Here’s a wake-up call you can’t ignore: Statistics from Aetna, the insurance giant, show people telecommuting for work gain weight faster and have a harder time losing it than those who go to work every day! We tend to underestimate the expenditure of energy it takes to get up, get showered, get ready, get dressed and get out the door – all the mundane tasks we don’t really think of as physical exercise but which burn calories. Hey, just blasting a hair dryer for 14 minutes during weeks when I’m sorely overdue at my hairdresser’s causes me to fume to the point where I just know I’m burning up some extra calories!

File:RIAN archive 555848 Testing on treadmill.jpgEven if you don’t have time for a full-fledged workout, heed the advice of Dr. Mehmet Oz, and other respected physicians, and pursue N.E.A.T. moves. N.E.A.T. is short for “non-exercise activity thermogenesis” – a really heavy-duty (no pun intended) word meaning that small bursts of activity can definitely help you burn more calories (that’s what thermogenesis means) than just sitting with the remote (and in remote) cracking open pistachios.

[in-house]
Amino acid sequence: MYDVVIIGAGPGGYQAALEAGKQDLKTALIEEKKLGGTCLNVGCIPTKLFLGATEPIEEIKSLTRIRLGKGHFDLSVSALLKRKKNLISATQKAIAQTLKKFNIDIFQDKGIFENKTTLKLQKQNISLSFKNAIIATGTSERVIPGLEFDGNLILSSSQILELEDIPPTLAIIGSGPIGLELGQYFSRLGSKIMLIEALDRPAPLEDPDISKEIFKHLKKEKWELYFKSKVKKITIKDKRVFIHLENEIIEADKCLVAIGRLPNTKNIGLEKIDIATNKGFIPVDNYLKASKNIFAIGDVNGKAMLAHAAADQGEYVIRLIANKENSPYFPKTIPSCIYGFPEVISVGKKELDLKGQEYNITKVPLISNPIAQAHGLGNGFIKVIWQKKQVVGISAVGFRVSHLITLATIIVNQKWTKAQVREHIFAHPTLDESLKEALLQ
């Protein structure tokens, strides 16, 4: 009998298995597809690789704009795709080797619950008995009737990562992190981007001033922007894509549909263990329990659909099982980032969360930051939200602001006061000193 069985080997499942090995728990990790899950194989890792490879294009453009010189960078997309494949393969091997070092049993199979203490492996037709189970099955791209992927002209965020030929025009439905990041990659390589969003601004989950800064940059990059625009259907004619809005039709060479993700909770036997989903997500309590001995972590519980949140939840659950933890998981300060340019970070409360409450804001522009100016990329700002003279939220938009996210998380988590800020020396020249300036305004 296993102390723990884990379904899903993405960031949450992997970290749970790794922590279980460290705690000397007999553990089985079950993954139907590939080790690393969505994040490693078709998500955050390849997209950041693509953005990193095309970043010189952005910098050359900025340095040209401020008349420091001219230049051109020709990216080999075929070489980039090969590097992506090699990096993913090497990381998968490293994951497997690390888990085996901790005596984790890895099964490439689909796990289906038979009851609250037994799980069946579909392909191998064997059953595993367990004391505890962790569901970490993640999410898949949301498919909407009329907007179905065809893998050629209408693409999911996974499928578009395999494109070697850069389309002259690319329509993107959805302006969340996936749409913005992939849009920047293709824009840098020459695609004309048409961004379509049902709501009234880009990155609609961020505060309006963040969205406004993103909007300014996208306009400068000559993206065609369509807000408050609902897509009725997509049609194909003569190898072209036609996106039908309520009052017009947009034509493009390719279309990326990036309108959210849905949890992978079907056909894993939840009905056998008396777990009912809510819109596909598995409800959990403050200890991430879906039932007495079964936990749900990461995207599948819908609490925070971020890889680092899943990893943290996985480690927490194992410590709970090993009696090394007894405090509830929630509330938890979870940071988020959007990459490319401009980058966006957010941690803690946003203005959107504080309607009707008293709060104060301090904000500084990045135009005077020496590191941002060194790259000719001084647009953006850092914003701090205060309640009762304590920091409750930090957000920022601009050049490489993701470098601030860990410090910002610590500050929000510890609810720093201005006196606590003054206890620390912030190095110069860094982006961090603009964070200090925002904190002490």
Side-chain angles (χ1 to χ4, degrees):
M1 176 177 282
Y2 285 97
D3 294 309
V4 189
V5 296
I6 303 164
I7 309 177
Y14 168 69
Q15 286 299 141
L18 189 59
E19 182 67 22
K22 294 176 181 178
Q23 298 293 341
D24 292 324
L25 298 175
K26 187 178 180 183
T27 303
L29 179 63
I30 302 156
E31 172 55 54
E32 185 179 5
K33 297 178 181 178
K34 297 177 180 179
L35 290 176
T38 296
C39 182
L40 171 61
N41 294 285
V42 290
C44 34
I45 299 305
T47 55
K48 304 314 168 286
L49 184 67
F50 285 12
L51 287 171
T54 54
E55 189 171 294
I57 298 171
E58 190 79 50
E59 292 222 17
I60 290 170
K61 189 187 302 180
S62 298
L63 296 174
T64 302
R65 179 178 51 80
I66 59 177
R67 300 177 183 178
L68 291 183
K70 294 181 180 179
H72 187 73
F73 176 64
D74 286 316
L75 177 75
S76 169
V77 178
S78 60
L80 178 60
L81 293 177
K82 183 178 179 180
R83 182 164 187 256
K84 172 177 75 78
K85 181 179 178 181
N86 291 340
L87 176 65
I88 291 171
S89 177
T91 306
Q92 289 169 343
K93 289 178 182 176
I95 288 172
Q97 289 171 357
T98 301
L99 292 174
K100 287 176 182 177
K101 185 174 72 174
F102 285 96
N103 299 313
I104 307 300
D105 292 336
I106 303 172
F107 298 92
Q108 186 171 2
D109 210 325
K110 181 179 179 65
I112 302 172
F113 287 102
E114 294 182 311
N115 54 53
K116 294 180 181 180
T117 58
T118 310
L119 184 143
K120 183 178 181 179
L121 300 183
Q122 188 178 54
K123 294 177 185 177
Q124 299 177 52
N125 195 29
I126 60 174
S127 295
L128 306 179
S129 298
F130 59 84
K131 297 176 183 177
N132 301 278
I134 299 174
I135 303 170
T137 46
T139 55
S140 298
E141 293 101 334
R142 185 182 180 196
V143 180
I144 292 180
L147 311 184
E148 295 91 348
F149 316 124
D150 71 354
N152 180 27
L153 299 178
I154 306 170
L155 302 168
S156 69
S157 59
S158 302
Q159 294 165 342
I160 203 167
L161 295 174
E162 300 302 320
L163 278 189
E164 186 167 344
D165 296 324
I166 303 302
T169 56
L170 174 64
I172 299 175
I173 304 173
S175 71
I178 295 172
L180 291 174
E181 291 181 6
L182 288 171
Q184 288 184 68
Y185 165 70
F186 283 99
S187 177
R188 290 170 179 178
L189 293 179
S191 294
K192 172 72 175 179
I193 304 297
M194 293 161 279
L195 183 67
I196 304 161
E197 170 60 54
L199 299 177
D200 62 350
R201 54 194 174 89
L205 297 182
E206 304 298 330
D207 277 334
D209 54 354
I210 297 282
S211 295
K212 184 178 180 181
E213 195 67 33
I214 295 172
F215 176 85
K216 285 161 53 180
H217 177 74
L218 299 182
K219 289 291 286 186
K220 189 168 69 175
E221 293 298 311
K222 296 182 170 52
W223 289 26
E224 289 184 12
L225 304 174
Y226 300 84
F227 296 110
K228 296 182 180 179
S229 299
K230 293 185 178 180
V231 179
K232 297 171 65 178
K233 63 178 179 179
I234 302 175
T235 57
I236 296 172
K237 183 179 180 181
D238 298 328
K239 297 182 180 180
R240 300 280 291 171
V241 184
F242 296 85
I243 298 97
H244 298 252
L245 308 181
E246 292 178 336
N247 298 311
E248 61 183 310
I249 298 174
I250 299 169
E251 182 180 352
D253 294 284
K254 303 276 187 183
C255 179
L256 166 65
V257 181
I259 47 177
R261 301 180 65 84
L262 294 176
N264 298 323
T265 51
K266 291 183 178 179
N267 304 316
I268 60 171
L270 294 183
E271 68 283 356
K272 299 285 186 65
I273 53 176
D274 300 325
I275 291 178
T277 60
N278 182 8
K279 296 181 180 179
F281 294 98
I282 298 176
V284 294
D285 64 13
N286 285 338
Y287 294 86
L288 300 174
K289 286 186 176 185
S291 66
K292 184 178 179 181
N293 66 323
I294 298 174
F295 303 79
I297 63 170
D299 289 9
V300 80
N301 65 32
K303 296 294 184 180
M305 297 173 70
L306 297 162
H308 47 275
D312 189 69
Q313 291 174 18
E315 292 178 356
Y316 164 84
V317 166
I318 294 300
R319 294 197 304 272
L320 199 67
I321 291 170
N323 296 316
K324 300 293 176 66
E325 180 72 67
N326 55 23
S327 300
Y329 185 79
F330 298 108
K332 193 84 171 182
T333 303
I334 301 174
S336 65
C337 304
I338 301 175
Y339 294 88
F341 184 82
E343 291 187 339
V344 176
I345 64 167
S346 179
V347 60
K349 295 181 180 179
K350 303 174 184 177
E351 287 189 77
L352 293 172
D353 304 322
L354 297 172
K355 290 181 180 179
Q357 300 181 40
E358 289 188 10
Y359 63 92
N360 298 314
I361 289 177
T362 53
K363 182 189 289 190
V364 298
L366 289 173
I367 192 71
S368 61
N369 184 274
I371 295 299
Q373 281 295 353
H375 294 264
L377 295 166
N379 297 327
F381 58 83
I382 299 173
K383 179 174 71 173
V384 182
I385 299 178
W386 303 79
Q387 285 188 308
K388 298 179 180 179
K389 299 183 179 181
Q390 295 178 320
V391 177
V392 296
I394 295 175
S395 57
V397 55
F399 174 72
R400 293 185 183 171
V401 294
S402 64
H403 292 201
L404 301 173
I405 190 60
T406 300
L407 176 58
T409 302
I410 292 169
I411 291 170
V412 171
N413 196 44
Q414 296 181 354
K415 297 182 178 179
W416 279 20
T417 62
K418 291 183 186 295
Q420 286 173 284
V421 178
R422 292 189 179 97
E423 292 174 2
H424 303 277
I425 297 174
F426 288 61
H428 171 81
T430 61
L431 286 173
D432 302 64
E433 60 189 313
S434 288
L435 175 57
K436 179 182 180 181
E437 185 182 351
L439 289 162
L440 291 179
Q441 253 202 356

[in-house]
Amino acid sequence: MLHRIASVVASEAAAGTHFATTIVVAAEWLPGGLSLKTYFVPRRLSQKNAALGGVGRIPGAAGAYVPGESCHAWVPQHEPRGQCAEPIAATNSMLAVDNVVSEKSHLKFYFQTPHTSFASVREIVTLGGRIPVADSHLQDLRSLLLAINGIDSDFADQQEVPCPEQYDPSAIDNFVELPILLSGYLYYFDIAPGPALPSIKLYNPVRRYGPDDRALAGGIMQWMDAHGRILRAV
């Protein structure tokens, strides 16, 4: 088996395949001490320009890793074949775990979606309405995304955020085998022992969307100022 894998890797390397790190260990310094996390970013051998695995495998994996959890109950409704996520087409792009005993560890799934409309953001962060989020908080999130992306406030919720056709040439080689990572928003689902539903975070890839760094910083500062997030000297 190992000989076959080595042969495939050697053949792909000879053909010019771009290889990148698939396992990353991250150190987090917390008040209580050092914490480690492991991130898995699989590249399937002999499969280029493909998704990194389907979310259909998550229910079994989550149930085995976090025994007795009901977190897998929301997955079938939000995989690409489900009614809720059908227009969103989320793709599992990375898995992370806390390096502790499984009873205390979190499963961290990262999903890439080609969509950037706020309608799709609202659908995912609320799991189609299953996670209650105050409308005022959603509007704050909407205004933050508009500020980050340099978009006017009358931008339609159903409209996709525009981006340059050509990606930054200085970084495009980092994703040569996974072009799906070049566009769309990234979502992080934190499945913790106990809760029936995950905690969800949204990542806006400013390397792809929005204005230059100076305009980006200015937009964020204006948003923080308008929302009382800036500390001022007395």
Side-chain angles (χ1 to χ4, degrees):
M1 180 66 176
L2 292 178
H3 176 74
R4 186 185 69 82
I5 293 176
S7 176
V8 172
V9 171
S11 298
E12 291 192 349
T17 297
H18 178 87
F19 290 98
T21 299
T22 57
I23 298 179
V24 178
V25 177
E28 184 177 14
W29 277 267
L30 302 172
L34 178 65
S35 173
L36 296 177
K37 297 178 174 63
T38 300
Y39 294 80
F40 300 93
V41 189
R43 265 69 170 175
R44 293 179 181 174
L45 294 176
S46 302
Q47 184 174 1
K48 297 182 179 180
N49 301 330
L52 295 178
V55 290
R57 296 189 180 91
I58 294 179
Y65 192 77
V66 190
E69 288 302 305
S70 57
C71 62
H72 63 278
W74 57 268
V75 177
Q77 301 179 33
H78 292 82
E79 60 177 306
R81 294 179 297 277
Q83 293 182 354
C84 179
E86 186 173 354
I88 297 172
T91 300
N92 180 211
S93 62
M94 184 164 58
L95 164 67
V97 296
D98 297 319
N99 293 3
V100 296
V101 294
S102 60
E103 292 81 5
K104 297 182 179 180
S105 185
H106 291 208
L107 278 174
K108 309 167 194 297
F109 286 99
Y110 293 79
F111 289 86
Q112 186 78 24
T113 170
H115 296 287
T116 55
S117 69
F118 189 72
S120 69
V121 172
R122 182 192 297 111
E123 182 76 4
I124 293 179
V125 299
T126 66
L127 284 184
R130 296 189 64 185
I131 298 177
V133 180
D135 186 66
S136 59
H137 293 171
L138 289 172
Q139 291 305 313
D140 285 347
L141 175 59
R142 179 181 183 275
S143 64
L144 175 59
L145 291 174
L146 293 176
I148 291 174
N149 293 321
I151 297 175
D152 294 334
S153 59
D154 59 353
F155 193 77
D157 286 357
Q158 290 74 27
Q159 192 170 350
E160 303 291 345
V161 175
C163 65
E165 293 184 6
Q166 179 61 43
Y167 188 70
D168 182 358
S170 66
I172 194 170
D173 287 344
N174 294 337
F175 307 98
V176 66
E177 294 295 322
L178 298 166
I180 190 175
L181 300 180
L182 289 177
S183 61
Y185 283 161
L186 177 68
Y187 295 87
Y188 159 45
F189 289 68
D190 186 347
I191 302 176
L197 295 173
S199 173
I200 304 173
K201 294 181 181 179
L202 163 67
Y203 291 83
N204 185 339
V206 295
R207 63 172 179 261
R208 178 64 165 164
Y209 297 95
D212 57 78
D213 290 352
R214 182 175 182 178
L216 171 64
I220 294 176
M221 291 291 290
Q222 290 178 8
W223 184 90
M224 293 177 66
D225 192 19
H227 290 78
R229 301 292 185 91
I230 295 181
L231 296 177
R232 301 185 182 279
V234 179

Slate Online published an article on December 31 of 2012, “Why telecommuting may destroy your work/life balance,” in which it states, “47 % its U.S. employees work from home every day.” Slate, and other research indicates that 24/7 screen time not only takes away from our physical activity, but interferes with sleep, which then negatively impacts our ability to do productive work! Aetna found that its telecommuters tended to be heavier, so the company now provides an online personal trainer to help them stay in shape [i]

Food manufacturers always get blamed for making people fat, but they could be a boon to consumers who want to think inside the box when planning healthful meals. Frozen processed foods, eaten in moderation, are a secret weapon of people who really want to lose weight but hate the whole planning, measuring, chopping, cooking and clean-up work. When I lost 60 pounds several years ago, and managed to keep all but 7 pounds off, I relied a lot on frozen meals. I would much rather spend my creativity on real work rather than cooking and cleaning. Besides, all that prepping tends to make me munch between chopping, since it takes so much time before I actually sit down to eat my meal!